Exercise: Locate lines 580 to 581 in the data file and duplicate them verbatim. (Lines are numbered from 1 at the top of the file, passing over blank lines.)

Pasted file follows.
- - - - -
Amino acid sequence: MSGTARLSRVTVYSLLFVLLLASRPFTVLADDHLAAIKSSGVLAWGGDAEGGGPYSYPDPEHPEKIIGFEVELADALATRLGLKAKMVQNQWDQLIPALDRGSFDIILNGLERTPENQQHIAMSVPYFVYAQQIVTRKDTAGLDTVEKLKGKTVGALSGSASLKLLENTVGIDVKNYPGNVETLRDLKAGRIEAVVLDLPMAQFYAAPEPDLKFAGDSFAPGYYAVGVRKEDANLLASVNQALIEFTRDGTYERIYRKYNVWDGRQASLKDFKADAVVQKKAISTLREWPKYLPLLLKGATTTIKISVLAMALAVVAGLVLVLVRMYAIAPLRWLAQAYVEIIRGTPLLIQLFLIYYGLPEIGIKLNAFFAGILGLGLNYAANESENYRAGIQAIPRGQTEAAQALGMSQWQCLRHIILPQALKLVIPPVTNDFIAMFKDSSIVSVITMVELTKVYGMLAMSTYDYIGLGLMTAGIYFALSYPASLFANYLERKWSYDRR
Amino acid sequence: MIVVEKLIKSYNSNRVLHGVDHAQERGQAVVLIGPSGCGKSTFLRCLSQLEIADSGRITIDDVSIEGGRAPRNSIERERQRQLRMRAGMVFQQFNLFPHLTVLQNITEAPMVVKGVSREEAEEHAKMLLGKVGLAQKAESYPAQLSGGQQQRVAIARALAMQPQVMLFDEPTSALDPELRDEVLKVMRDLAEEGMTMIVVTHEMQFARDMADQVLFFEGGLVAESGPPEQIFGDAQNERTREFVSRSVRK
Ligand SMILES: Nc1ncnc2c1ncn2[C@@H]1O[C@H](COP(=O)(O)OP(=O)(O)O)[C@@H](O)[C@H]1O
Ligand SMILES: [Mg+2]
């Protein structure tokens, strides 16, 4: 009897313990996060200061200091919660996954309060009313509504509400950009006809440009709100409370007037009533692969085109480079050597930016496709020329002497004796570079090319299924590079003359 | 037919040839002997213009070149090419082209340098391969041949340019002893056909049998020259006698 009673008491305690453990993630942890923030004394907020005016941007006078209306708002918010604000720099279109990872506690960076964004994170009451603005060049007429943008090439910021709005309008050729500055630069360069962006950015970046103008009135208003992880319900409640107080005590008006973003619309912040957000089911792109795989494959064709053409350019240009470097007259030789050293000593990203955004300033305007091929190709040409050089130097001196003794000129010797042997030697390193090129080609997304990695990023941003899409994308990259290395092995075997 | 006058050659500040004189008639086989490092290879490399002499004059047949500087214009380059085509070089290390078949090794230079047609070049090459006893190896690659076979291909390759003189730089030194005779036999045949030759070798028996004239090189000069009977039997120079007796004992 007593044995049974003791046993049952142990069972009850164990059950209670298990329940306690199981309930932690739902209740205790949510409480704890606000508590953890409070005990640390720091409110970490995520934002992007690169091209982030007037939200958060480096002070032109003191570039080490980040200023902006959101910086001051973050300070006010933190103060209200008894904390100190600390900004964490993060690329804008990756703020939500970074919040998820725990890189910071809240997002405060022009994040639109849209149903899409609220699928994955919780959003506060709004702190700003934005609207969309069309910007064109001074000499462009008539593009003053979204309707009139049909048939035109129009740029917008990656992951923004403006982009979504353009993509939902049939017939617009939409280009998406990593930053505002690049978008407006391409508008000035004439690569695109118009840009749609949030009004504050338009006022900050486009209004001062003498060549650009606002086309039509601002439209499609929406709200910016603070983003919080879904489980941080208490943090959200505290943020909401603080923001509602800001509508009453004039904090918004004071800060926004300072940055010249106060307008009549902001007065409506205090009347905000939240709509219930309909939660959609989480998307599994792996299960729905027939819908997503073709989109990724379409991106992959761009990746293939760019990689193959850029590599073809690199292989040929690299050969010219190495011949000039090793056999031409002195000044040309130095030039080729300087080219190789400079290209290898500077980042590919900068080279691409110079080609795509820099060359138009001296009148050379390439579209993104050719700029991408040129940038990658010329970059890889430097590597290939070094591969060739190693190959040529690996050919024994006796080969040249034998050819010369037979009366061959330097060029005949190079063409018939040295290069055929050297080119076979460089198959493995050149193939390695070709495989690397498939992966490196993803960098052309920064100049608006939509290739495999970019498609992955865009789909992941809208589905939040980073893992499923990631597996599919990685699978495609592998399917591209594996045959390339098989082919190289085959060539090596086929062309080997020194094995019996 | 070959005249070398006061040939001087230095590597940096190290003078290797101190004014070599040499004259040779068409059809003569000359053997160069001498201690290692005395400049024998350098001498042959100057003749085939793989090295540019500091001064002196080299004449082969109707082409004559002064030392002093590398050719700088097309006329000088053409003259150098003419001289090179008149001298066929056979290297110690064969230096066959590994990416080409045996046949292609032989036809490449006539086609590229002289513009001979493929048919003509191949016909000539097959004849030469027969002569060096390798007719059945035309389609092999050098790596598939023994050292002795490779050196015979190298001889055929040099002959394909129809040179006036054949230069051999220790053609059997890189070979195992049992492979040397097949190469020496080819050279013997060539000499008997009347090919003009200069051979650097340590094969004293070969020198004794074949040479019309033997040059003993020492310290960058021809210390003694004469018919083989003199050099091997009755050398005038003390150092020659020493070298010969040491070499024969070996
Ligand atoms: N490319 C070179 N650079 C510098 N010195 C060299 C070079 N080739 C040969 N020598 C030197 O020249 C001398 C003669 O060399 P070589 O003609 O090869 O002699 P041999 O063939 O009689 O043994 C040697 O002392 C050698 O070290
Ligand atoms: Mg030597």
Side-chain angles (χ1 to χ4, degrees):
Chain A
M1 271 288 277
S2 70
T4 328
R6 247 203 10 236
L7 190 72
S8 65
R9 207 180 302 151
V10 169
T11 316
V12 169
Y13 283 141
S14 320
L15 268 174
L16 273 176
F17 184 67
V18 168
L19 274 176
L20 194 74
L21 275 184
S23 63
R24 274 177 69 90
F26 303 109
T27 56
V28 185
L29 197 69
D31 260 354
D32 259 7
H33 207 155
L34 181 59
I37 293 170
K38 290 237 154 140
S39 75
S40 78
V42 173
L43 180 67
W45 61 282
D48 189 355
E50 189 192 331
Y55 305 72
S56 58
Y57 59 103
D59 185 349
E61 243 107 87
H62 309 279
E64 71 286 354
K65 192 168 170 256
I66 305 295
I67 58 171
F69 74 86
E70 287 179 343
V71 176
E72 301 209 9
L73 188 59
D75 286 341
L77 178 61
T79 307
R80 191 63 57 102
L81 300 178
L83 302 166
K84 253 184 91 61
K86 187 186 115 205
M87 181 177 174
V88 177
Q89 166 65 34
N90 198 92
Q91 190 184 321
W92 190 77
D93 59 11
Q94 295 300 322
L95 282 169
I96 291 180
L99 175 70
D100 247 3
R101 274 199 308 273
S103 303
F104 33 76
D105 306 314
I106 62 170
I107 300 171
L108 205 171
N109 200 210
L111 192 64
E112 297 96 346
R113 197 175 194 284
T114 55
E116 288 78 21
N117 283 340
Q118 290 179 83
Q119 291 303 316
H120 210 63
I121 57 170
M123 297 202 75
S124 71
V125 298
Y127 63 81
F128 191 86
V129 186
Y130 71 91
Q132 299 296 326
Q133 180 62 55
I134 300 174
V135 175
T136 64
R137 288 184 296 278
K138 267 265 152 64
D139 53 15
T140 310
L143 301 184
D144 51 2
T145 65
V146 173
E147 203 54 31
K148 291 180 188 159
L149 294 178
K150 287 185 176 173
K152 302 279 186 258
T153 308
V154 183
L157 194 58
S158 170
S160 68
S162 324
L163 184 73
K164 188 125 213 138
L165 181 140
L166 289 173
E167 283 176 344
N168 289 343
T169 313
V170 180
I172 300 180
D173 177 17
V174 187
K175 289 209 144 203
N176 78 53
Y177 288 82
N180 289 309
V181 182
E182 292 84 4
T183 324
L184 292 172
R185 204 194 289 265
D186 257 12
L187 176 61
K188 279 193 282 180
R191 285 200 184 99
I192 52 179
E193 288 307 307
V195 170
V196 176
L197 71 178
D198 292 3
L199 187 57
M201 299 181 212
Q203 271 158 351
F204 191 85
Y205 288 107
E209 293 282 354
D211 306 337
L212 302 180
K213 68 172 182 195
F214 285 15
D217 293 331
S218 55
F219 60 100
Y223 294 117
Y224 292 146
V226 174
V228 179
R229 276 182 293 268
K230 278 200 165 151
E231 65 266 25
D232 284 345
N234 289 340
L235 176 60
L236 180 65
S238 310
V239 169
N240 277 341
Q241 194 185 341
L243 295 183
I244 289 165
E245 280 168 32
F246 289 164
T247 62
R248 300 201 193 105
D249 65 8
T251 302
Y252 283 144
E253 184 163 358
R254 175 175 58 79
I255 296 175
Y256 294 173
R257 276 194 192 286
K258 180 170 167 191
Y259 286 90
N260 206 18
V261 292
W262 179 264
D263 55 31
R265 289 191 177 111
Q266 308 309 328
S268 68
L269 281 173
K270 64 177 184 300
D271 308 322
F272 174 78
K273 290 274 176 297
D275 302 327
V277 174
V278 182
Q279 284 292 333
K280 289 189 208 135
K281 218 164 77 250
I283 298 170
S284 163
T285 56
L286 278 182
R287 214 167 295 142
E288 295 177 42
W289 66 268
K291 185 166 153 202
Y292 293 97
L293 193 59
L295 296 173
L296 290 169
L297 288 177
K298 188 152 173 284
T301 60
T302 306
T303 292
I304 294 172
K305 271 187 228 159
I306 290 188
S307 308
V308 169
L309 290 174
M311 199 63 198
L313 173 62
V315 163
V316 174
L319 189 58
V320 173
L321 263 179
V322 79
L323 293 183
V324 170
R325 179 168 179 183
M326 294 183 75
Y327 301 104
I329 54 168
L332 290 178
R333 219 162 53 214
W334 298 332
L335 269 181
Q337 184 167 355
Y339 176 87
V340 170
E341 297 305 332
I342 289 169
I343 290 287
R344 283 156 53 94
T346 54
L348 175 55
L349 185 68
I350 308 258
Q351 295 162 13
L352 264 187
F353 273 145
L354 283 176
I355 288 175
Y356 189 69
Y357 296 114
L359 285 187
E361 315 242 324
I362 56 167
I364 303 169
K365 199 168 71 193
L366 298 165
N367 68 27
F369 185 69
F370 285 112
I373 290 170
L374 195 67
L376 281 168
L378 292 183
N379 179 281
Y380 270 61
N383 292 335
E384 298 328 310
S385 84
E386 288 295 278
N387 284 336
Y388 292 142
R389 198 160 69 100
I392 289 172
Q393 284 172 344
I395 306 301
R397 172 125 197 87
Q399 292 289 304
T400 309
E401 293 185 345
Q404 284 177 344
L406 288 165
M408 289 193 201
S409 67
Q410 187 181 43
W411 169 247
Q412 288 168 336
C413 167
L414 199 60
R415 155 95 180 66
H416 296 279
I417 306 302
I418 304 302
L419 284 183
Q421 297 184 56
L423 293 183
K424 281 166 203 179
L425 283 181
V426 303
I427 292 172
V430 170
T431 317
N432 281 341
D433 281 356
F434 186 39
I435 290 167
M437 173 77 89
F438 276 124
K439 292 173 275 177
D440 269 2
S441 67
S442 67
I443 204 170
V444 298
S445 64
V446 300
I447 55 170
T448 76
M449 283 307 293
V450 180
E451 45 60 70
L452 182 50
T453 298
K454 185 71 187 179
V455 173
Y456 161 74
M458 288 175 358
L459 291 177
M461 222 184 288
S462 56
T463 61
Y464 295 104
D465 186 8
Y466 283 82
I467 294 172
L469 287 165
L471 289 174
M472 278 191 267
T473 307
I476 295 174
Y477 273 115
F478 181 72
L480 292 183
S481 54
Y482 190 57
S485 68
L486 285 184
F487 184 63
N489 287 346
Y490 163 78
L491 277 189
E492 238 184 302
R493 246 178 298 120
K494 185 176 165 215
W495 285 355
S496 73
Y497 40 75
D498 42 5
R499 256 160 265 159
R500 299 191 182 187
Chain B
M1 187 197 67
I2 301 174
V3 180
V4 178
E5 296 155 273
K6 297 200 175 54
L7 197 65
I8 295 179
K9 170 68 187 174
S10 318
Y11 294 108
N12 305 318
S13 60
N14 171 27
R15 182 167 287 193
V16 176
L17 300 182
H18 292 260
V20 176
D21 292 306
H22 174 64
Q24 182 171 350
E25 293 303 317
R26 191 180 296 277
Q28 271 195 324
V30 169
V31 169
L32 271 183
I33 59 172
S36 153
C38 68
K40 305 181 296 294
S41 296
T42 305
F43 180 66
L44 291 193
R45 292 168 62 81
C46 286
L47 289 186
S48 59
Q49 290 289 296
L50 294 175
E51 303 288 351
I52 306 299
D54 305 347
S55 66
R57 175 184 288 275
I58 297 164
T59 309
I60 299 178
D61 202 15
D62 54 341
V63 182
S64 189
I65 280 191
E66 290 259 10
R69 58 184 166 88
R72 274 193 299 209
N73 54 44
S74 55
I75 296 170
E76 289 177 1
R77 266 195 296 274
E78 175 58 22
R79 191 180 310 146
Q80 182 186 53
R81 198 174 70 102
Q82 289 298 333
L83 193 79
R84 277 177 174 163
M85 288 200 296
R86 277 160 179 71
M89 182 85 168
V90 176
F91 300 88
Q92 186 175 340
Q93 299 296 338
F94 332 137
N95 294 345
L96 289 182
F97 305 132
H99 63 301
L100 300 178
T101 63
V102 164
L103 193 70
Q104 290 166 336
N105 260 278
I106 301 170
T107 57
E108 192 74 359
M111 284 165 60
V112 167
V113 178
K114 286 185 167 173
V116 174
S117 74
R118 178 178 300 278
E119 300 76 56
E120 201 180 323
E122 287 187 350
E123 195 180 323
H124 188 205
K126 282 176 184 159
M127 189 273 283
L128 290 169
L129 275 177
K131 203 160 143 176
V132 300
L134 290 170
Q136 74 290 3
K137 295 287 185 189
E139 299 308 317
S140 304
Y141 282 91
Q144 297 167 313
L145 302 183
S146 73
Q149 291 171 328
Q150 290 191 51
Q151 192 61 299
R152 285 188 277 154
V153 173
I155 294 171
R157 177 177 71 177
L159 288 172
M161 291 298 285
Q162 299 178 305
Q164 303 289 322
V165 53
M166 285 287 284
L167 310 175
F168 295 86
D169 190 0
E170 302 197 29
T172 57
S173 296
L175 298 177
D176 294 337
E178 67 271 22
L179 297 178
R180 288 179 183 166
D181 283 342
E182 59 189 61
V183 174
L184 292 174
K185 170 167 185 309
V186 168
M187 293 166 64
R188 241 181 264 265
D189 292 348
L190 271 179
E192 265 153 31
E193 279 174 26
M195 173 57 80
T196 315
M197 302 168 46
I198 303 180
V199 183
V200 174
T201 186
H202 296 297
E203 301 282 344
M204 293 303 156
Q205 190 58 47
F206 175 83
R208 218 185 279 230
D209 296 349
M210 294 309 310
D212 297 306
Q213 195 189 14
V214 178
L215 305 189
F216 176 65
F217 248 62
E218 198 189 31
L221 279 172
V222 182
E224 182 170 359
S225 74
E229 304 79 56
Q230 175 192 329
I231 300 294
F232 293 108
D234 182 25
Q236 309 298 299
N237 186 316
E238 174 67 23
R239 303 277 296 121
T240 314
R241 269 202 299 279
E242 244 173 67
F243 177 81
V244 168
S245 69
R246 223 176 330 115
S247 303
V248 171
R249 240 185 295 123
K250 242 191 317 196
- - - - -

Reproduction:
E238 174 67 23
R239 303 277 296 121